Courtney Bledsoe inside Call & Response Books. Credit: Jasmine Barnes

There are some 150 Black-owned bookstores in the United States. That’s only about six percent of the 2,500 independent bookstores in the country. 

While book bans and legislative attacks on diversity, equity and inclusion (DEI) efforts and critical race theory sweep the nation, Hyde Park’s newest bookstore, Call & Response Books, offers a much-needed space where stories by and about people of color are centered and celebrated. 

Courtney Bledsoe, a Chicagoan and book enthusiast, hopes to bring more of these stories to the South Side with a grand opening on May 4. 

“I want this to be a space that reflects literature that is impactful for me and would support young people and older people who also are seeking to see themselves in books,” said Bledsoe. “There’s also the bigger context for us to have more spaces and to fight for Black literature.” 

Bledsoe said “call and response,” an African diasporic tradition in which listeners respond in real time to oral storytelling, was a common practice in her church upbringing. “I think most Black people, when they see ‘call and response,’ know exactly what that means,” said Bledsoe. “I wanted the name of the store to sort of convey an active listening or active participation—a back-and-forth conversational element.” 

She plans for the bookstore to elevate diverse and nuanced Black stories, while inviting all readers to be in conversation with narratives that might broaden their empathy and understanding. 

Bledsoe is inspired by her own reading experiences. She distinctly remembers reading the young adult novel Born Confused by Tanuja Desai Hidier as a young person. It was one of the first times she read a book with a protagonist who was a person of color, and she resonated deeply with it. 

The book, centering the story of a South Asian teen and her family, allowed Bledsoe to see an experience of a character that didn’t fit into the racial and cultural norms of her high school. Even though the family didn’t share Bledsoe’s exact racial identity, the cross-cultural similarities were still validating and resonant for her. 

While conceptualizing Call & Response, Bledsoe knew she wanted the bookstore and its inventory to offer readers the transformative experience of seeing themselves represented in stories and literature. She shared this sentiment on the Call & Response website, writing, “We hope to provide a space for the many people who, for so long, have not seen ourselves represented in literature, empowering all to share their stories with the world.”

These foundational memories and this ongoing passion for books led Bledsoe to an awakening in early 2023, when she began seriously contemplating stepping away from her career as a lawyer to invest her time and resources in opening a bookstore. 

“My dream in life was to open a bookstore,” Bledsoe said. While she always imagined realizing this dream later in life, her passion for amplifying stories for and by people of color compelled her to take the leap sooner. As a self-identified “risk-averse person,” it was her love of books that fueled her to step into the unknown.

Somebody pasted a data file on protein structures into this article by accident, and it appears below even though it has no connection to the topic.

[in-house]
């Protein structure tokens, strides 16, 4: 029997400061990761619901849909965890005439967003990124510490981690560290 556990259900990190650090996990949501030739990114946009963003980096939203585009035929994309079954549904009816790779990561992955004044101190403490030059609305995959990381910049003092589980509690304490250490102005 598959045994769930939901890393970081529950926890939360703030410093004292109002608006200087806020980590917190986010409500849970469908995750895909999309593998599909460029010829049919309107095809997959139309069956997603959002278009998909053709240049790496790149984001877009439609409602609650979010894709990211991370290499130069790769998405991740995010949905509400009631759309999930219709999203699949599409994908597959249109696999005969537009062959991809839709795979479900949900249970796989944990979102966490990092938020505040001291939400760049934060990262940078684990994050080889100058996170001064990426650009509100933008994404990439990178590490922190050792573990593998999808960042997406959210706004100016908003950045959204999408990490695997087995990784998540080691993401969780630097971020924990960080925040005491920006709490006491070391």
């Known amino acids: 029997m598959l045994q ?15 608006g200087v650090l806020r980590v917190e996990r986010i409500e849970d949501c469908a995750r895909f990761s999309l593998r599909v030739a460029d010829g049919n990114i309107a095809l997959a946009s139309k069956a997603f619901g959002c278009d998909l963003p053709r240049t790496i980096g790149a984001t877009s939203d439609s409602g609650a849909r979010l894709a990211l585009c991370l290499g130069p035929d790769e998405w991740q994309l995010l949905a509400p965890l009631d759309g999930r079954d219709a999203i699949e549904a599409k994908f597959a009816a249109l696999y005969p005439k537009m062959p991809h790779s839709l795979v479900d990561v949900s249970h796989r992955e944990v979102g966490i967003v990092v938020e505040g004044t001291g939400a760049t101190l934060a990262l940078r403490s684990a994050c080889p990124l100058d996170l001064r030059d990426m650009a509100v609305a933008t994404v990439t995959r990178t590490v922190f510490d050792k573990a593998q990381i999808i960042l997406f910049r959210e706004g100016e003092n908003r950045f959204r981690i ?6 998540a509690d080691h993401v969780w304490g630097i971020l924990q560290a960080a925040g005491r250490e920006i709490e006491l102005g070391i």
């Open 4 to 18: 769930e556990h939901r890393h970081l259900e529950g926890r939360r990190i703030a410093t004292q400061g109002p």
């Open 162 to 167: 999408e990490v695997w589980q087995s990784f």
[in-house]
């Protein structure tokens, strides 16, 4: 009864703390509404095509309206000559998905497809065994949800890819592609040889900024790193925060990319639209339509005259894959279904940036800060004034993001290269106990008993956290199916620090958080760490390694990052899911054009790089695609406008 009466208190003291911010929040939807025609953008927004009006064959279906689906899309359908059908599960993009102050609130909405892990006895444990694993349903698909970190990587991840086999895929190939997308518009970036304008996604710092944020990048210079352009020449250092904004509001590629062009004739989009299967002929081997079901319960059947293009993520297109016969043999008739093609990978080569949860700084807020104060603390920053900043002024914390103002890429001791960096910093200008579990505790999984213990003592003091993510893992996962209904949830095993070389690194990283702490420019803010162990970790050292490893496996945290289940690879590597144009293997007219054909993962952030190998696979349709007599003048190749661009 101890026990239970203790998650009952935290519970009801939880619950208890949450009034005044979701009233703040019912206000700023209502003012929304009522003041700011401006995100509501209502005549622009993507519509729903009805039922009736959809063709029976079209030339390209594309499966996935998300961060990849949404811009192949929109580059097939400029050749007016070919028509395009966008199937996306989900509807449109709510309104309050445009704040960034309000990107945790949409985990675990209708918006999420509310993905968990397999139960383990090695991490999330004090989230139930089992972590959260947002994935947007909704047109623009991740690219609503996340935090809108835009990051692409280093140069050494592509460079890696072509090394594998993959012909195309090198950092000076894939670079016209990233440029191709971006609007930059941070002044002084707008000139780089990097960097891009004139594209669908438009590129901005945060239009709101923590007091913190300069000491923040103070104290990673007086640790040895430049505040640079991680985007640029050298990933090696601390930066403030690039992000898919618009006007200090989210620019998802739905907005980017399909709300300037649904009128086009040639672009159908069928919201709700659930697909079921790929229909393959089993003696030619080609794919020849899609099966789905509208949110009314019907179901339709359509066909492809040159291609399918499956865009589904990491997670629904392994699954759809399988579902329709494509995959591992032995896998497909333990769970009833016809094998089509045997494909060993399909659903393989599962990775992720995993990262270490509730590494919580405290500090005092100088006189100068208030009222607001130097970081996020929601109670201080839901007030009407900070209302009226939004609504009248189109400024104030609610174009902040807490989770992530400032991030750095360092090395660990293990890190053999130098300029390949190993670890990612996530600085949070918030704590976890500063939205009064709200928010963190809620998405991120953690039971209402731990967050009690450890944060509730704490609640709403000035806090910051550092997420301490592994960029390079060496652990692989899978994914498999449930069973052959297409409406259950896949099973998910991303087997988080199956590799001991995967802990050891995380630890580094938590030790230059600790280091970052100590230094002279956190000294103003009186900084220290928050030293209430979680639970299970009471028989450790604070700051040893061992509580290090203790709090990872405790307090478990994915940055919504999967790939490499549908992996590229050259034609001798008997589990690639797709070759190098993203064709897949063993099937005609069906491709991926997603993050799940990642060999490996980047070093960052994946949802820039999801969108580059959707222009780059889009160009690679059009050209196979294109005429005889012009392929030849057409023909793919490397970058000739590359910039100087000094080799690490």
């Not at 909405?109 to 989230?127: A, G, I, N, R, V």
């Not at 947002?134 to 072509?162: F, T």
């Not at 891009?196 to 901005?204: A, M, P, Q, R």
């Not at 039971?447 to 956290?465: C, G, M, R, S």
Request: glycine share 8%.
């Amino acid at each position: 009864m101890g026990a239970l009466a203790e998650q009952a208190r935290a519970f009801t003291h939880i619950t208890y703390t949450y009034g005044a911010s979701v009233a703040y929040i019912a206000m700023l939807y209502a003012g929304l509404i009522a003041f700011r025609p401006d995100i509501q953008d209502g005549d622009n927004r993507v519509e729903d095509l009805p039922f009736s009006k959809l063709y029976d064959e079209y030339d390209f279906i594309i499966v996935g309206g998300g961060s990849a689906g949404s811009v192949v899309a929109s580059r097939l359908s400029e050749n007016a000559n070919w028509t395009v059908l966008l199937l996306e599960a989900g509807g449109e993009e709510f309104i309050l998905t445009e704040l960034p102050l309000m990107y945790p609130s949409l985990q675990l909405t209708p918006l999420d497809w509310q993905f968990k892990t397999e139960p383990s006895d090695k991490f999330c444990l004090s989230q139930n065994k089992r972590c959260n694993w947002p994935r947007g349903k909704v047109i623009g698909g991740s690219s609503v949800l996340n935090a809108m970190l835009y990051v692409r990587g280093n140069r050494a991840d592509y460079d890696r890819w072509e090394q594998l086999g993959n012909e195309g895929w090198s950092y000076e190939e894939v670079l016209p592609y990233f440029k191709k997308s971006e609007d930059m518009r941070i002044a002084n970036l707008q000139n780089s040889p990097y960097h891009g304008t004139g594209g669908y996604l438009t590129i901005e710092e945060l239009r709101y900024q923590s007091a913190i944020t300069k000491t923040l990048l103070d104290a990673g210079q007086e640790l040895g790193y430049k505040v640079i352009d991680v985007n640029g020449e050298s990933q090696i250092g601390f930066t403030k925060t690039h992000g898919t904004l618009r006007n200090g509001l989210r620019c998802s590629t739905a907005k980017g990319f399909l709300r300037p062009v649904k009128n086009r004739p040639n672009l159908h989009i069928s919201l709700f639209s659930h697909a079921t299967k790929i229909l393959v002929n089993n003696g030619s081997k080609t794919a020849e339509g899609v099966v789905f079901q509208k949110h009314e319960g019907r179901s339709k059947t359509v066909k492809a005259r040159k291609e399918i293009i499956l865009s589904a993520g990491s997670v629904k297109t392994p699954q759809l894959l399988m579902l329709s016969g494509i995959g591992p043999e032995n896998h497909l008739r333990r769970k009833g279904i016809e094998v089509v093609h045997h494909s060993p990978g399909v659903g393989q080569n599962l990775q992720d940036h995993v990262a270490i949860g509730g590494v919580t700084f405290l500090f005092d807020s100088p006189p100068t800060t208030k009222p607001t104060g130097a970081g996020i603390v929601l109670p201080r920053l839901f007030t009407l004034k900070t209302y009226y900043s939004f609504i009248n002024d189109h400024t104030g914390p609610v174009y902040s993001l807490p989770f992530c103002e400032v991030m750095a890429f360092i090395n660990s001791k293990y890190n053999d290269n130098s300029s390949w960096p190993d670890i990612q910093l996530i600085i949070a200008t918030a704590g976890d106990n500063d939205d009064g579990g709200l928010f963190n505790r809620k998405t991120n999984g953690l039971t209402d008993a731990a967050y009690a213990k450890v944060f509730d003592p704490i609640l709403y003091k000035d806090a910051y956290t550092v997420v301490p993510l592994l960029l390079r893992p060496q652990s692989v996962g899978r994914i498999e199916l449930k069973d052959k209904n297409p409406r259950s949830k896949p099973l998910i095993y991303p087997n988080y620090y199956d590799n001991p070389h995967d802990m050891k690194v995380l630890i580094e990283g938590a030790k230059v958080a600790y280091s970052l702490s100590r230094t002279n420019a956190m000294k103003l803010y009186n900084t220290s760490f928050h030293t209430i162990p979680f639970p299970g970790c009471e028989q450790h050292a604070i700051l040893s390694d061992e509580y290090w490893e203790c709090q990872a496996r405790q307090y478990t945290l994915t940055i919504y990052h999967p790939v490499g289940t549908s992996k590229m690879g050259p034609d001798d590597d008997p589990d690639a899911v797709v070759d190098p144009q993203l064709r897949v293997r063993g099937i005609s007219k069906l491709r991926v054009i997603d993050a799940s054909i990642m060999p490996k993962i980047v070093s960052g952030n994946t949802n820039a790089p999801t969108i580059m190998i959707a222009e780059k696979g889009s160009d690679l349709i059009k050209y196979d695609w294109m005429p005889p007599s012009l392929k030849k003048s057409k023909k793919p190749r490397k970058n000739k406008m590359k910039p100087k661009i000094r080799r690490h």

Inside Call & Response Books. Credit: Jasmine Barnes

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The first year developing and managing the business was a steep learning curve. To receive professional support and network with other local business owners, Bledsoe attended Chamber of Commerce meetings and started engaging with the Illinois Small Business Development Center (SBDC) at the Polsky Exchange.

“A lot of the early stage was really just research and getting to talk to other booksellers,” said Bledsoe. While the American Booksellers Association, a trade organization that promotes independent bookstores, was a major resource in the early stages of the business, she was also intentional about connecting with other small bookstores in Chicago, including Exile in Bookville in the Loop and Women and Children First in Andersonville. 

“I was [also] talking to bookstore owners who were people of color who have that specific experience of running bookstores that focus on books by people of color,” said Bledsoe. Her relationship with the other Black and woman-owned bookstores nationwide have proved to be particularly insightful. Bledsoe has looked to the other Black woman-owned bookstores in the Chicago, Semicolon Books in West Town and Da Book Joint in Washington Park, for mentorship and guidance. 

“Dani from Semicolon [Books] has just been an amazing cheerleader,” said Bledsoe. When reflecting on what she’s learned from other Black woman booksellers, Bledsoe lands on an often overused but accurate word: resilience. “Things can be falling apart and they’re just like, ‘You know what? We don’t have time for this. We’re just going to keep going. It’ll be okay. We’ll figure it out when we get there.’” 

“There’s also the bigger context for us to have more spaces and to fight for Black literature.”—Courtney Bledsoe

Courtney Bledsoe outside Call & Response Books. Credit: Jasmine Barnes

That mentality has helped Bledsoe move through the stress and challenges of fulfilling online book orders, managing and growing a social media presence, participating in local book pop-ups across the city, and finding a brick-and-mortar location.